Game Development Reference
The same is true with Apple's ads: “They make you long for their devices... [and] you're not rationally compar-
ing iPhones to any other phone.”
Figure 5-4: Avenge this! A player's Backyard Monsters base after invasion
How do you know when your game is inspiring emotion? In my experience, one quick way might be to check
the game's player forums. If 90 percent of the users are enraged at the developers, it's probably monetizing well.
If it's monetizing extremely well, half the players will be angry, while the other half are telling the others to shut
Speaking of forums, Preece recommends paying close attention to user feedback posted there (because only
the most hardcore players will take the time to make comments), but ignoring the outliers—the ones who are
screaming the most loudly, but without any clear reason. Instead, listen to the people who have a specific and
reasonable grievance about the game that fuels their anger.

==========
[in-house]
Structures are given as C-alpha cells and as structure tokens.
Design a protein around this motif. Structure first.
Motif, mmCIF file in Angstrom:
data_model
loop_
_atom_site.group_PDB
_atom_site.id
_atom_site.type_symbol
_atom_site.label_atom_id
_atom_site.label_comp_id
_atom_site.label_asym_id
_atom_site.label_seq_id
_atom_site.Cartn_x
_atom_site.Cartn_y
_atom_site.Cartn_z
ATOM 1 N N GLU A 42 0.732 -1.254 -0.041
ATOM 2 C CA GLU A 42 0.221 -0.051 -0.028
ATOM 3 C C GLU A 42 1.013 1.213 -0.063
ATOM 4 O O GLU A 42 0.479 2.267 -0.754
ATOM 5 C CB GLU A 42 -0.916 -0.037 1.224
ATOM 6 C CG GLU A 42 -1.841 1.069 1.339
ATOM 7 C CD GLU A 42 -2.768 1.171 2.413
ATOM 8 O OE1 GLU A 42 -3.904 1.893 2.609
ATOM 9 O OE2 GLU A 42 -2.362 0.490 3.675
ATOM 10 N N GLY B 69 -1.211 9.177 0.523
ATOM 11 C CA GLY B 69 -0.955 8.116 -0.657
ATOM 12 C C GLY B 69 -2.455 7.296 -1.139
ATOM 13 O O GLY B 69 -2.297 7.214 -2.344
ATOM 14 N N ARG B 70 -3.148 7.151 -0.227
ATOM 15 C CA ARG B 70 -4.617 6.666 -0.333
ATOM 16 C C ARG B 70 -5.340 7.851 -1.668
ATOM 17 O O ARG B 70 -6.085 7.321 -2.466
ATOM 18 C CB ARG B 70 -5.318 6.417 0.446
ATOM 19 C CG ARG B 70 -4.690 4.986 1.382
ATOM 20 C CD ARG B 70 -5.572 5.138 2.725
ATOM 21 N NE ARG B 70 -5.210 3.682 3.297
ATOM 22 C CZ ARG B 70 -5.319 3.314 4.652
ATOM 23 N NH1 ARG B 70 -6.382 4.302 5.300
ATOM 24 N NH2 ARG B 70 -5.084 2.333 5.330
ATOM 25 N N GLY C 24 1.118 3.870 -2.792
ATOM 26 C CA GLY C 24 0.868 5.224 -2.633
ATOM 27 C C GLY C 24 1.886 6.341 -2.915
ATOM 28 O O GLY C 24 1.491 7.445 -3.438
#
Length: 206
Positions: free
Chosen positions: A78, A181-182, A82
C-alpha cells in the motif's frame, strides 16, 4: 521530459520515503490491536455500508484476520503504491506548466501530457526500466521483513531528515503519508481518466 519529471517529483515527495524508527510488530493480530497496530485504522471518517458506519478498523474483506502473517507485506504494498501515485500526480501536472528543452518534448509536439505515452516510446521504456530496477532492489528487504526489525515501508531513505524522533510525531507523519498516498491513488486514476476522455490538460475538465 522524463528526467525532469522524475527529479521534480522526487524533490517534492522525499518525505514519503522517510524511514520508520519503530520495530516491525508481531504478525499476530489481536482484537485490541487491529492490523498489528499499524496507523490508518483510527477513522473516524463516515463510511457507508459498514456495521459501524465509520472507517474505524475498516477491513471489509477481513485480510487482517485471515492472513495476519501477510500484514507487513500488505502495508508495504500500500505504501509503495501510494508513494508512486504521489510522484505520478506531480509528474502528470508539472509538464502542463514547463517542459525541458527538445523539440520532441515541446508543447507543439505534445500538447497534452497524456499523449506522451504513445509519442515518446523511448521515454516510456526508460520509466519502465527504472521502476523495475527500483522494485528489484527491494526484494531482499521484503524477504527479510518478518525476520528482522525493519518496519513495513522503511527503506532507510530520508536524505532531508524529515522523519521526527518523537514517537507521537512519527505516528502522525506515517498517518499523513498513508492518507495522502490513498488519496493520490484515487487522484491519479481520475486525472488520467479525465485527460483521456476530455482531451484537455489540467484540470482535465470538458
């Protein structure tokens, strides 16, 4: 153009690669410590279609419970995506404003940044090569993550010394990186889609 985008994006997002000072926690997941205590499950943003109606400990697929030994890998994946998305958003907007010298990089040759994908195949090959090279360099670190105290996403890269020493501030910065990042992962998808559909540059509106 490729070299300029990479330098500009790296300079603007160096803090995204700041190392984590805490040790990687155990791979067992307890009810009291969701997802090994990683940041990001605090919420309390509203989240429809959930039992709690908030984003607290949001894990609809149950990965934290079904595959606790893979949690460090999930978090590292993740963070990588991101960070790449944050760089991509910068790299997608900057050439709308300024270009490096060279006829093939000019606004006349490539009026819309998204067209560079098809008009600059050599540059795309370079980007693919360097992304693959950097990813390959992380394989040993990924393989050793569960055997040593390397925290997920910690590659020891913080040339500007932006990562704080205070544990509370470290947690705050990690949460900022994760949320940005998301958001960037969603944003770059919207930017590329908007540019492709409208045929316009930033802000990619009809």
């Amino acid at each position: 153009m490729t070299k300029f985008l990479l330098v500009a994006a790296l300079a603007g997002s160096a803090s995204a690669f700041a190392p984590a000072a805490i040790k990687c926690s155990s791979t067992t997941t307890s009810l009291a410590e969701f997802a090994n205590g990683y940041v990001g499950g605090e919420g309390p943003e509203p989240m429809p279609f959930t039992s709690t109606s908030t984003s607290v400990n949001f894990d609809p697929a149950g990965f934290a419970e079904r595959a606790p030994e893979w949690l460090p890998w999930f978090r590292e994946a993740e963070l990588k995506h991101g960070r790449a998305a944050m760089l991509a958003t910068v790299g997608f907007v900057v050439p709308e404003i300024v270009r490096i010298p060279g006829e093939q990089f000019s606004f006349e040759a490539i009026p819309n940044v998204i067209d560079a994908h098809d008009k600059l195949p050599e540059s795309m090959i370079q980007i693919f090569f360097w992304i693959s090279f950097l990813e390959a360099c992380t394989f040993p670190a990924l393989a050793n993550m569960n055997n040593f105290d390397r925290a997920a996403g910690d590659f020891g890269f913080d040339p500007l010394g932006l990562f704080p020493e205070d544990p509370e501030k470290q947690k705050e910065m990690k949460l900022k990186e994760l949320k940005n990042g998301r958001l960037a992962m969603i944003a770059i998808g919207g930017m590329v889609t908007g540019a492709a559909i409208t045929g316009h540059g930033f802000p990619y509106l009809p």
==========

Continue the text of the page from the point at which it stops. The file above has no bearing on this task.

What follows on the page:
Targeted Marketing Leads to Good Monetization
As noted at the start of this chapter, KIXEYE began making money after they figured out how to best market
their games. Essentially, this came down to targeting the Facebook users who are most likely to install and play
KIXEYE games. Profit comes when the lifetime value (LTV) of a player exceeds the average cost per install
(CPI) of each player spent on advertising to acquire them. In the KIXEYE model, LTV is assumed to be around
6-8 months, and averages the revenue earned from players who pay nothing, pay some, or pay quite a lot .